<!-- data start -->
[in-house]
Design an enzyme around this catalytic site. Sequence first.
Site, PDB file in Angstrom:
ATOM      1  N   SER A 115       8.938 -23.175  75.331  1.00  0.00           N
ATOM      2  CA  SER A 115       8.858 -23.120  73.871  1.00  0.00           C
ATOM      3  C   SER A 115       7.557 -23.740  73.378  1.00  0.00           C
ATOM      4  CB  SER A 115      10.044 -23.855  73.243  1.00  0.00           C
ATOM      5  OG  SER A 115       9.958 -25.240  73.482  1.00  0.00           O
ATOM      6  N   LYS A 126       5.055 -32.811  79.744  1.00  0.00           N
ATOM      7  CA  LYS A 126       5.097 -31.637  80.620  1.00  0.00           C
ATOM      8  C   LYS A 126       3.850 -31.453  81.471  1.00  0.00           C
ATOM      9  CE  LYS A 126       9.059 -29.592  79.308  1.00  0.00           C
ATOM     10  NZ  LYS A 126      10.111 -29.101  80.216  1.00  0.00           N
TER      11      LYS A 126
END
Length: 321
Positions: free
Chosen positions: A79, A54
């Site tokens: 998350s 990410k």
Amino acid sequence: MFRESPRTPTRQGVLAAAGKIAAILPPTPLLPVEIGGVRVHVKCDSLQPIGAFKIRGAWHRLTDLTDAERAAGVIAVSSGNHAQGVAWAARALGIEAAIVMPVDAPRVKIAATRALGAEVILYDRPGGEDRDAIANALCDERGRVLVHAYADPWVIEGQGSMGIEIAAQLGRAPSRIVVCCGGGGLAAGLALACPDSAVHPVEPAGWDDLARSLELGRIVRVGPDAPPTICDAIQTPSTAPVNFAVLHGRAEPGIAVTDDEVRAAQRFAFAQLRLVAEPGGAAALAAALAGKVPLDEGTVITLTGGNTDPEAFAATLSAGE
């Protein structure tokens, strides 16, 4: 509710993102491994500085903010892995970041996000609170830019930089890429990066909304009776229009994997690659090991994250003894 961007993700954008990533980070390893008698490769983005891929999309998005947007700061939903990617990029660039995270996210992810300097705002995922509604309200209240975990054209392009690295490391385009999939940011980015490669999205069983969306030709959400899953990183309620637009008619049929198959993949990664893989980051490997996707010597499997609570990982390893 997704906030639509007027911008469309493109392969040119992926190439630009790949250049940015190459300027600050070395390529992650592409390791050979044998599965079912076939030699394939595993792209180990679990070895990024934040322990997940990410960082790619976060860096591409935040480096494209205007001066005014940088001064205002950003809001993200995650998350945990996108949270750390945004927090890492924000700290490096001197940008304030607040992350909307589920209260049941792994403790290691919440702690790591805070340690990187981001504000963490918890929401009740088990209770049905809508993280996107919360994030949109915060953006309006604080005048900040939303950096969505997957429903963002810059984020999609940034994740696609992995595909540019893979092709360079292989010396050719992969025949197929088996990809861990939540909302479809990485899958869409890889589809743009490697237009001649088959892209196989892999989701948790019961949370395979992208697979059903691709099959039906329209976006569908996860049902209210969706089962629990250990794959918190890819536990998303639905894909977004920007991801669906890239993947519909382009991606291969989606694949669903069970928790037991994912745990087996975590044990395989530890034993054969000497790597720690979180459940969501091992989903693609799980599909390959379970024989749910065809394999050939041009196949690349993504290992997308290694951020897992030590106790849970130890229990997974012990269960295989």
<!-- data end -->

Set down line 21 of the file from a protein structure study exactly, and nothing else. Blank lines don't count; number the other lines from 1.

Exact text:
């Protein structure tokens, strides 16, 4: 509710993102491994500085903010892995970041996000609170830019930089890429990066909304009776229009994997690659090991994250003894 961007993700954008990533980070390893008698490769983005891929999309998005947007700061939903990617990029660039995270996210992810300097705002995922509604309200209240975990054209392009690295490391385009999939940011980015490669999205069983969306030709959400899953990183309620637009008619049929198959993949990664893989980051490997996707010597499997609570990982390893 997704906030639509007027911008469309493109392969040119992926190439630009790949250049940015190459300027600050070395390529992650592409390791050979044998599965079912076939030699394939595993792209180990679990070895990024934040322990997940990410960082790619976060860096591409935040480096494209205007001066005014940088001064205002950003809001993200995650998350945990996108949270750390945004927090890492924000700290490096001197940008304030607040992350909307589920209260049941792994403790290691919440702690790591805070340690990187981001504000963490918890929401009740088990209770049905809508993280996107919360994030949109915060953006309006604080005048900040939303950096969505997957429903963002810059984020999609940034994740696609992995595909540019893979092709360079292989010396050719992969025949197929088996990809861990939540909302479809990485899958869409890889589809743009490697237009001649088959892209196989892999989701948790019961949370395979992208697979059903691709099959039906329209976006569908996860049902209210969706089962629990250990794959918190890819536990998303639905894909977004920007991801669906890239993947519909382009991606291969989606694949669903069970928790037991994912745990087996975590044990395989530890034993054969000497790597720690979180459940969501091992989903693609799980599909390959379970024989749910065809394999050939041009196949690349993504290992997308290694951020897992030590106790849970130890229990997974012990269960295989």